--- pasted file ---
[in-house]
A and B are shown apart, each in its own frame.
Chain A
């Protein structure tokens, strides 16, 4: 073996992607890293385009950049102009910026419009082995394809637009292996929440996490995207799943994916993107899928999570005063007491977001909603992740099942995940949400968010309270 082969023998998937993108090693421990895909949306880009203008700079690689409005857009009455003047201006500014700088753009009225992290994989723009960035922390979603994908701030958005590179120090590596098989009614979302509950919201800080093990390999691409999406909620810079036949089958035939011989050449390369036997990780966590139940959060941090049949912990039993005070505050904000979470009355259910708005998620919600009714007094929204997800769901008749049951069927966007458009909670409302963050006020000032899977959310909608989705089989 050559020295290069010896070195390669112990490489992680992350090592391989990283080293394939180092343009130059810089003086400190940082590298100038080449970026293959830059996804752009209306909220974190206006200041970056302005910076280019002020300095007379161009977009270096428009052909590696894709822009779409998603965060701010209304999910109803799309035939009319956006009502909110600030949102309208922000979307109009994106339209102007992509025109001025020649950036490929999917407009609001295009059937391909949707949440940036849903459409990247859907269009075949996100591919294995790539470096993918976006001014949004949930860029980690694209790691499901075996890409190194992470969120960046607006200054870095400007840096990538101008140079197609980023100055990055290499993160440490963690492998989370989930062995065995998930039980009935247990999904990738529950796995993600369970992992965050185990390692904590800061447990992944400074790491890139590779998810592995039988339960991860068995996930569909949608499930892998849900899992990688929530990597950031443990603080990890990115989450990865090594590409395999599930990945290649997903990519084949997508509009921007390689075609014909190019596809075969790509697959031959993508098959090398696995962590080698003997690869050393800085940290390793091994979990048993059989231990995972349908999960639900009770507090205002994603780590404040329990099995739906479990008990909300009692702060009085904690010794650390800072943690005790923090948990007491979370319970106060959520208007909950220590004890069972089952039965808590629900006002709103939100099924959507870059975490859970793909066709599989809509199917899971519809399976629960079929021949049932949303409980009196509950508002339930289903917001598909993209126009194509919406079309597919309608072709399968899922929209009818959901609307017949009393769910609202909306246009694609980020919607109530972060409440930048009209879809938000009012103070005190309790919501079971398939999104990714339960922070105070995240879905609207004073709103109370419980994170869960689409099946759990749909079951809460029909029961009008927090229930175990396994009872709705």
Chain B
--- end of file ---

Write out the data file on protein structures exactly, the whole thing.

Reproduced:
[in-house]
A and B are shown apart, each in its own frame.
Chain A
């Protein structure tokens, strides 16, 4: 073996992607890293385009950049102009910026419009082995394809637009292996929440996490995207799943994916993107899928999570005063007491977001909603992740099942995940949400968010309270 082969023998998937993108090693421990895909949306880009203008700079690689409005857009009455003047201006500014700088753009009225992290994989723009960035922390979603994908701030958005590179120090590596098989009614979302509950919201800080093990390999691409999406909620810079036949089958035939011989050449390369036997990780966590139940959060941090049949912990039993005070505050904000979470009355259910708005998620919600009714007094929204997800769901008749049951069927966007458009909670409302963050006020000032899977959310909608989705089989 050559020295290069010896070195390669112990490489992680992350090592391989990283080293394939180092343009130059810089003086400190940082590298100038080449970026293959830059996804752009209306909220974190206006200041970056302005910076280019002020300095007379161009977009270096428009052909590696894709822009779409998603965060701010209304999910109803799309035939009319956006009502909110600030949102309208922000979307109009994106339209102007992509025109001025020649950036490929999917407009609001295009059937391909949707949440940036849903459409990247859907269009075949996100591919294995790539470096993918976006001014949004949930860029980690694209790691499901075996890409190194992470969120960046607006200054870095400007840096990538101008140079197609980023100055990055290499993160440490963690492998989370989930062995065995998930039980009935247990999904990738529950796995993600369970992992965050185990390692904590800061447990992944400074790491890139590779998810592995039988339960991860068995996930569909949608499930892998849900899992990688929530990597950031443990603080990890990115989450990865090594590409395999599930990945290649997903990519084949997508509009921007390689075609014909190019596809075969790509697959031959993508098959090398696995962590080698003997690869050393800085940290390793091994979990048993059989231990995972349908999960639900009770507090205002994603780590404040329990099995739906479990008990909300009692702060009085904690010794650390800072943690005790923090948990007491979370319970106060959520208007909950220590004890069972089952039965808590629900006002709103939100099924959507870059975490859970793909066709599989809509199917899971519809399976629960079929021949049932949303409980009196509950508002339930289903917001598909993209126009194509919406079309597919309608072709399968899922929209009818959901609307017949009393769910609202909306246009694609980020919607109530972060409440930048009209879809938000009012103070005190309790919501079971398939999104990714339960922070105070995240879905609207004073709103109370419980994170869960689409099946759990749909079951809460029909029961009008927090229930175990396994009872709705």
Chain B